Rhiannan Iffland of Australia dives from the 21 metre platform during the first stop of the Red Bull Cliff Diving World Series at the Serpent`s Lair, Inis Mor, Ireland on June 24, 2017. // Romina Amato/Red Bull Content Pool // SI201706240283 // Usage for editorial use only //

The Irish leg of the 2021 Red Bull Cliff Diving World Series awaits cliff diving elite with
rough and rugged conditions in brand-new location on September 12.

Halfway into the season, the world’s best cliff divers featuring the reigning champions
Rhiannan Iffland from Australia and France’s Gary Hunt will find themselves competing
from a brand new launchpad on the sheer cliffs of Downpatrick Head.

After three Irish stops in the rough waters of Inis Mór, and more recently a showing in Dublin Bay, the Red Bull Cliff Diving World Series heads West, to County Mayo where the Atlantic waters will once again test these talented athletes to their limits for their fifth visit since 2012.

With at least one dive directly off the cliff, the 12 men and 12 women will get a chance to really connect with the purity of the place and display their sport in its most natural form, before returning to the platforms for their more difficult diving manoeuvres.

Difficulty is a key element when it comes to successfully fighting for the highly-contested King Kahekili trophy, awarded for the overall World Series champion title in both the women’s and men’s competitions.

After the latest competition off the historic Old Bridge in Mostar, Bosnia and Herzegovina, it’s the reigning champions Rhiannan Iffland and Gary Hunt leading the rankings in the World Series.

While it was the first victory for Hunt under the French flag, Australia’s Iffland added a
10th triumph to her three season-long winning streak.

In her most recent statement, the 29-year-old diver confessed that she grew with the pressure of the winning streak and is now ready to make it one more win in Ireland.

Who’s the biggest threat to cross this goal from the 21m platform?

With newcomer Molly Carlson from Canada and Mexico’s World Series veteran Adriana
Jimenez, two wildcards have faced up to the irresistible Iffland with a second place in France and Bosnia and Herzegovina respectively.

Jessica Macaulay, also from the Canadian high diving team, showed the most consistent diving performance with two third places so far this year.

In the men’s, record winner Hunt seems to be getting exactly what he’s been looking for – stiff competition.

The challenge faced by the Frenchman comes in the form of Romanians Catalin Preda, the wildcard who scored a sensational win at the opening stop in Saint-Raphaël, France
and Constantin Popovici, who pipped his compatriot to victory in an exciting Oslo Exhibition
event mid-August.

32-year-old Popovici performed a sensational final dive, for which he picked up two 10s from the judges to finish on a strong 2nd place in Mostar last weekend.

“It seems like every year it’s getting more and more difficult, but this year both the Romanian divers have been working very hard and showing great consistency,” stated 37-year-old Hunt after his 40th World Series victory from the 27m platform.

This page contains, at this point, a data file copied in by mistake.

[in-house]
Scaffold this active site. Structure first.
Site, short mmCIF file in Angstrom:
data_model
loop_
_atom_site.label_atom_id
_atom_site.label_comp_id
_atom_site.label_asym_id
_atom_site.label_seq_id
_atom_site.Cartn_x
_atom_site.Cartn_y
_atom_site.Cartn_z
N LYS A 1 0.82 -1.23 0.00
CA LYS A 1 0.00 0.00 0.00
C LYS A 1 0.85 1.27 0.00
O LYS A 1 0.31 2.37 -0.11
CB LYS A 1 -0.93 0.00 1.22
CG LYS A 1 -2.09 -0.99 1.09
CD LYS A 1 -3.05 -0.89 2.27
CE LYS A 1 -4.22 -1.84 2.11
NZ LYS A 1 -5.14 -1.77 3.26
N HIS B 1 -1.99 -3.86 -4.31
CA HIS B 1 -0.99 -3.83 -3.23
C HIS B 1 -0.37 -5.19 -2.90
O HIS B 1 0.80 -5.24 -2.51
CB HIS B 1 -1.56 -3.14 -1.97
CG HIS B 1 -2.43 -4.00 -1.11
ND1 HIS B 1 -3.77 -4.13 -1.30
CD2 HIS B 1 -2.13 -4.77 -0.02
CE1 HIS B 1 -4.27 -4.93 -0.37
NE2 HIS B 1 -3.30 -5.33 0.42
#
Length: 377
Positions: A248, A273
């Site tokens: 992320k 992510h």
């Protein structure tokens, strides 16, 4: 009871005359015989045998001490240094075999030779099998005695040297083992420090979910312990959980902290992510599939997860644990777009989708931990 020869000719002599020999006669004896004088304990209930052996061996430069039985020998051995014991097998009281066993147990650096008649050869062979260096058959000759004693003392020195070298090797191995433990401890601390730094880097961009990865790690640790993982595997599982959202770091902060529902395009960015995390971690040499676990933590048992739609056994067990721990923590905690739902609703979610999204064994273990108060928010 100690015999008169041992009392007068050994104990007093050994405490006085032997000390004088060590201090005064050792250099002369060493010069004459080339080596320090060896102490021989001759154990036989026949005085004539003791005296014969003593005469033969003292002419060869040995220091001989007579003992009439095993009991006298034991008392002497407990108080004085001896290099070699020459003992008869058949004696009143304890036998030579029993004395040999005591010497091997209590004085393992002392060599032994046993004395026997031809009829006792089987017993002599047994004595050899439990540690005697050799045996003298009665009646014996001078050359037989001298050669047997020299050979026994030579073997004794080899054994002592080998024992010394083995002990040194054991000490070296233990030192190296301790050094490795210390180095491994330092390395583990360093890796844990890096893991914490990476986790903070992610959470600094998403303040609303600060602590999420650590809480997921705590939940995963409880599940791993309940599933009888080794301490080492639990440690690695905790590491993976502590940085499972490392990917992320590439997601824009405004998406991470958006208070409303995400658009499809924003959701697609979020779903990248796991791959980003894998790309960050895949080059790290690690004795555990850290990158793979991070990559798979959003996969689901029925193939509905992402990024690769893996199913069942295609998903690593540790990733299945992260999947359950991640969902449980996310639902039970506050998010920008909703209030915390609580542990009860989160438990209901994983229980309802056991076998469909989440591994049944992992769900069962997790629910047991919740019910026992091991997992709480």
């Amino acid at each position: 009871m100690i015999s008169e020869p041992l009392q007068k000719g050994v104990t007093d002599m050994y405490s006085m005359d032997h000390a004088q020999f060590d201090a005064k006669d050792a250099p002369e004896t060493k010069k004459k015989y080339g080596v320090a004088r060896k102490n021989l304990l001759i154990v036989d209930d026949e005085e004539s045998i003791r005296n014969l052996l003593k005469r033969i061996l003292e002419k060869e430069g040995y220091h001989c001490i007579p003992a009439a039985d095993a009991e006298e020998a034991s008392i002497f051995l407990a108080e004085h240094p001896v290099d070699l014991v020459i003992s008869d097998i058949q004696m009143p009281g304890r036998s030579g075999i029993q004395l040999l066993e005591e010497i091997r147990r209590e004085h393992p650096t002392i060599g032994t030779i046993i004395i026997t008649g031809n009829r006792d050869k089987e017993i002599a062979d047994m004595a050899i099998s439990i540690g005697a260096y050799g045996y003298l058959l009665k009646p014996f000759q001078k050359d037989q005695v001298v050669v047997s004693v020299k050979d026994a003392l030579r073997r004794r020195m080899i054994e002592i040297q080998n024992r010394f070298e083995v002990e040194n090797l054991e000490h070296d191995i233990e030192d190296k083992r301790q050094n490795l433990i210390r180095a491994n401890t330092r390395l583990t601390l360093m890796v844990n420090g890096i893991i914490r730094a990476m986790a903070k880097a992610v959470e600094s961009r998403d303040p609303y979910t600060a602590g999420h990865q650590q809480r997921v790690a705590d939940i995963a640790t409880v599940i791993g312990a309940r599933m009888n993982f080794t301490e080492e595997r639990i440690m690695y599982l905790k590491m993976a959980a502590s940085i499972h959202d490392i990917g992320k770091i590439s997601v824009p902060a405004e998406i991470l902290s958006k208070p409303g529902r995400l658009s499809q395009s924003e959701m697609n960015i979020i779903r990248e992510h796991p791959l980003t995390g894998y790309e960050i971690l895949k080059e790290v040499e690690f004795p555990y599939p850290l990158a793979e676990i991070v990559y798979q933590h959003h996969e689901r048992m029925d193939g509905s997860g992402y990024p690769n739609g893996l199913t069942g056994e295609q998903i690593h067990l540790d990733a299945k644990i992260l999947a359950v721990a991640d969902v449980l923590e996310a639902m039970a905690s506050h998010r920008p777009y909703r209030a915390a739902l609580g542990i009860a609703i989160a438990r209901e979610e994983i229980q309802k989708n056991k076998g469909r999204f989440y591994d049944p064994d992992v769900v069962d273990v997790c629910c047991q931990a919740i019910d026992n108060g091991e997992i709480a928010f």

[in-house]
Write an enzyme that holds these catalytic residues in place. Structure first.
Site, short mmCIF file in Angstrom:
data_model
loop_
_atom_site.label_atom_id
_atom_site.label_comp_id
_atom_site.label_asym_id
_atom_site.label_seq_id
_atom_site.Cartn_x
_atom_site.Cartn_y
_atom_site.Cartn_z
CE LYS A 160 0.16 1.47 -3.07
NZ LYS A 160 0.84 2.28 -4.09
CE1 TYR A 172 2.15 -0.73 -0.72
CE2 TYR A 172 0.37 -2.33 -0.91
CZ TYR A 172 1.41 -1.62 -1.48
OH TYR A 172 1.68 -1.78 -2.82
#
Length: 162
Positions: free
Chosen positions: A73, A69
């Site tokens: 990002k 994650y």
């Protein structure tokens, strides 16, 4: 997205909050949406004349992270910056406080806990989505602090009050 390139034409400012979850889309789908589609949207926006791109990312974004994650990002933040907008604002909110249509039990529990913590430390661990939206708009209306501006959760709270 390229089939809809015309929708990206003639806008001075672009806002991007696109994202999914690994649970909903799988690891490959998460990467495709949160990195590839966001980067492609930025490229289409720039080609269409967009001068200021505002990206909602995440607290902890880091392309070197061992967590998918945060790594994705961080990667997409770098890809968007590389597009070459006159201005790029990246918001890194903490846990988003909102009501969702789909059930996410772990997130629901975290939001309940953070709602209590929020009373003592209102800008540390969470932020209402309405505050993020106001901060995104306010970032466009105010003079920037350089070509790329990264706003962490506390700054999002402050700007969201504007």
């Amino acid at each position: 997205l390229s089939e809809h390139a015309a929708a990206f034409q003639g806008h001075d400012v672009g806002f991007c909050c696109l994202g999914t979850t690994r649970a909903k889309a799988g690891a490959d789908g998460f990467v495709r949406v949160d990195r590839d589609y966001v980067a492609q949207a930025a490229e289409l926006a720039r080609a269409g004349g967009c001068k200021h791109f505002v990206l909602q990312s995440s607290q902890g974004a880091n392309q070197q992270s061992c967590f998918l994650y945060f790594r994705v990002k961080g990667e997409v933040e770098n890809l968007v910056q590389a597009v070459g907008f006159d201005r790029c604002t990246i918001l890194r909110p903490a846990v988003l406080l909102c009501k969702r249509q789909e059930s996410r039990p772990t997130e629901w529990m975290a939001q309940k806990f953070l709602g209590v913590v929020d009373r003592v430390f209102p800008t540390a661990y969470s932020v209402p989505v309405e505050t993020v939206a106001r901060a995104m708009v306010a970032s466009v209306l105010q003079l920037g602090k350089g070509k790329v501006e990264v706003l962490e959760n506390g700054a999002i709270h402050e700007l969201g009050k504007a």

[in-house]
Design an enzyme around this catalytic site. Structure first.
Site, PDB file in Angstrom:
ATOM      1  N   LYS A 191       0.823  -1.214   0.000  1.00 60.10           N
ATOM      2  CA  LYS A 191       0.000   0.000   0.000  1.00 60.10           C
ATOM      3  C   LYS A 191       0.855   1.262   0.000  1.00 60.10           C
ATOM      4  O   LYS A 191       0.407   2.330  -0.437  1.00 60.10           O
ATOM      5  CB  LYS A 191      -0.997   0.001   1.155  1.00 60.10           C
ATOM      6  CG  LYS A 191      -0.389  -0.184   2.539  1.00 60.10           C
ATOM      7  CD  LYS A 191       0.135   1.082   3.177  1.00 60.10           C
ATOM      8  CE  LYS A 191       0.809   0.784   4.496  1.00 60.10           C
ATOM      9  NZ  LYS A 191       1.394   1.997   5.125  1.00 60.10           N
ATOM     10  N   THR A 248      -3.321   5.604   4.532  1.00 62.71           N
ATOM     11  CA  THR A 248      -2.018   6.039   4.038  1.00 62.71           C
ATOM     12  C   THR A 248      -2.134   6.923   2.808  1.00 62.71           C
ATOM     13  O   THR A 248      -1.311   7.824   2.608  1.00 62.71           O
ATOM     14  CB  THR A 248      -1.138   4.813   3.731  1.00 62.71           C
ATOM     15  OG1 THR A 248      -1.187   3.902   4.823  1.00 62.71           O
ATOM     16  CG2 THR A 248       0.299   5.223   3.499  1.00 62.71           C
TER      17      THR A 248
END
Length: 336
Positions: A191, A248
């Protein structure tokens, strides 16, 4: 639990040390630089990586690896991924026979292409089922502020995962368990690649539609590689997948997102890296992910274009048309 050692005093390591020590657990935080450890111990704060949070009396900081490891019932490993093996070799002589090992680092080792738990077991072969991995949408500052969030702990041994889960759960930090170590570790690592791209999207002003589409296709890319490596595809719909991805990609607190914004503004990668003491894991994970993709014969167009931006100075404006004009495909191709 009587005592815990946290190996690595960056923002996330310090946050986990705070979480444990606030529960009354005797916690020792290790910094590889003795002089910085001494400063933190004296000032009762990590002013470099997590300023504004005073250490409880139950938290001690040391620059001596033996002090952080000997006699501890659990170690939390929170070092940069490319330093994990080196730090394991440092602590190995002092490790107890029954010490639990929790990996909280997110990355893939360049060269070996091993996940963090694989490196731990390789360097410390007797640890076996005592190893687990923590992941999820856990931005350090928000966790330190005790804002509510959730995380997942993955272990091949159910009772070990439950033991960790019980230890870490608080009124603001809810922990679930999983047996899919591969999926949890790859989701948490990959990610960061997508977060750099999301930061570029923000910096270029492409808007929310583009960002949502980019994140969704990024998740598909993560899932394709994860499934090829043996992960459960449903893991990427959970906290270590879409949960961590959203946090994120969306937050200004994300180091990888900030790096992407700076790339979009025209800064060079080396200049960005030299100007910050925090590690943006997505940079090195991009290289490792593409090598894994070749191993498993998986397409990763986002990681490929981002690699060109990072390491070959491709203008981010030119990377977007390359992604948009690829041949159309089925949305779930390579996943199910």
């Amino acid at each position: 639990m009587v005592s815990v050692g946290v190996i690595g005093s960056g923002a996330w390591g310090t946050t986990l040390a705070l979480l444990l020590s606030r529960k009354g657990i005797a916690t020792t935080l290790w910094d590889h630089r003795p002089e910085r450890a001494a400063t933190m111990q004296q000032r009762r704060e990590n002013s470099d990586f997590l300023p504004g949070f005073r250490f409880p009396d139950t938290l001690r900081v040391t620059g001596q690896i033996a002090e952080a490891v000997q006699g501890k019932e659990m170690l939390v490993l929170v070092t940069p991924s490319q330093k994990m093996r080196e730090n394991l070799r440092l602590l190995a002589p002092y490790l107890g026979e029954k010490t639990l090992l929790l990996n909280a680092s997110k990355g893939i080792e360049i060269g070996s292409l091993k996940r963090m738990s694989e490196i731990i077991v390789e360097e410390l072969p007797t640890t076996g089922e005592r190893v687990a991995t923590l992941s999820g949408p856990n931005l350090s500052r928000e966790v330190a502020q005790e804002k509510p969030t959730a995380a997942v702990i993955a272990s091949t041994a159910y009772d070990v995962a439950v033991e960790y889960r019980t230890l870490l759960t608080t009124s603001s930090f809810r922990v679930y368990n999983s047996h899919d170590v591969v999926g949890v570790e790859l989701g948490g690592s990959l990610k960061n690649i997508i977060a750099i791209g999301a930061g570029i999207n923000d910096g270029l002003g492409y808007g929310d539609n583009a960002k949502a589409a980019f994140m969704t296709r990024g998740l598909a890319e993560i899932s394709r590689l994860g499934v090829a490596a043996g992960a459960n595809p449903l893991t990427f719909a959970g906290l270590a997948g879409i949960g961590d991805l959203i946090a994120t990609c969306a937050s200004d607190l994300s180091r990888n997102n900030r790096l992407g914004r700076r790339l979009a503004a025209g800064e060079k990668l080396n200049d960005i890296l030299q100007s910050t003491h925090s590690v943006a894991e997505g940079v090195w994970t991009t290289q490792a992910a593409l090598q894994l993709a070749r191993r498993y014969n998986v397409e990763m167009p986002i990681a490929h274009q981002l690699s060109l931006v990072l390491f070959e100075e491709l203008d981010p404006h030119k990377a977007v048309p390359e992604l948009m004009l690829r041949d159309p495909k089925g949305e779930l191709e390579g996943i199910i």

“It was a wake-up call. However, I know I’m prepared mentally, well aware that everything in this competition needs to be perfect.”

With two ranking stops in the books and three more to go, there’s still a chance for other
divers to have their say. But right now, all the signs suggest a thrilling three-way title tussle could be on the cards, and the all natural location on Ireland’s most westerly point will prove crucial.

Wildcards (women, men): Molly Carlson (CAN), Aimee Harrison (CAN), Adriana Jimenez (MEX), Xantheia Pennisi (AUS), Antonina Vyshyvanova (UKR); Sergio Guzman (MEX), Aidan Heslop (GBR), Miguel Garcia (COL), Catalin Preda (ROU).

Standings* (after 3 of 6 stops)
1- Rhiannan Iffland AUS – 400pts.
2- Jessica Macaulay CAN – 260
3- Molly Carlson (W) CAN – 236
4- Eleanor Smart USA – 168
5- Yana Nestsiarava BLR – 160

1- Gary Hunt FRA – 360pts.
2- Catalin Preda (W) ROU – 310
3- Constantin Popovici ROU – 290
4- Alessandro De Rose ITA – 184
5- Andy Jones USA – 138

*The Oslo Exhibition did not count towards the Red Bull Cliff Diving World Series standings.
Red Bull Cliff Diving World Series Since 2009 the Red Bull Cliff Diving World Series has provided a platform for aesthetic freefalls and dives of ever-growing complexity, spotlighting the sport’s finest athletes as well as the most promising breakthrough talents.

A pure extreme sport, the World Series is hosted in exceptional locations where athletes launch from rocks, historical bridges or next to waterfalls while ensuring environmental responsibility and increasing awareness for the sustainability of our planet.

In 2021, 24 of the world’s best cliff divers – 12 women and 12 men – will once again leap, twist and somersault from breathtaking heights of up to 27m and at speeds in excess of 85km/h, with no protection but their concentration, skill and physical control, at six demanding stops.

A thrilling quest for the glorious King Kahekili Trophy is guaranteed in the Red Bull Cliff Diving World Series’ 12th season.

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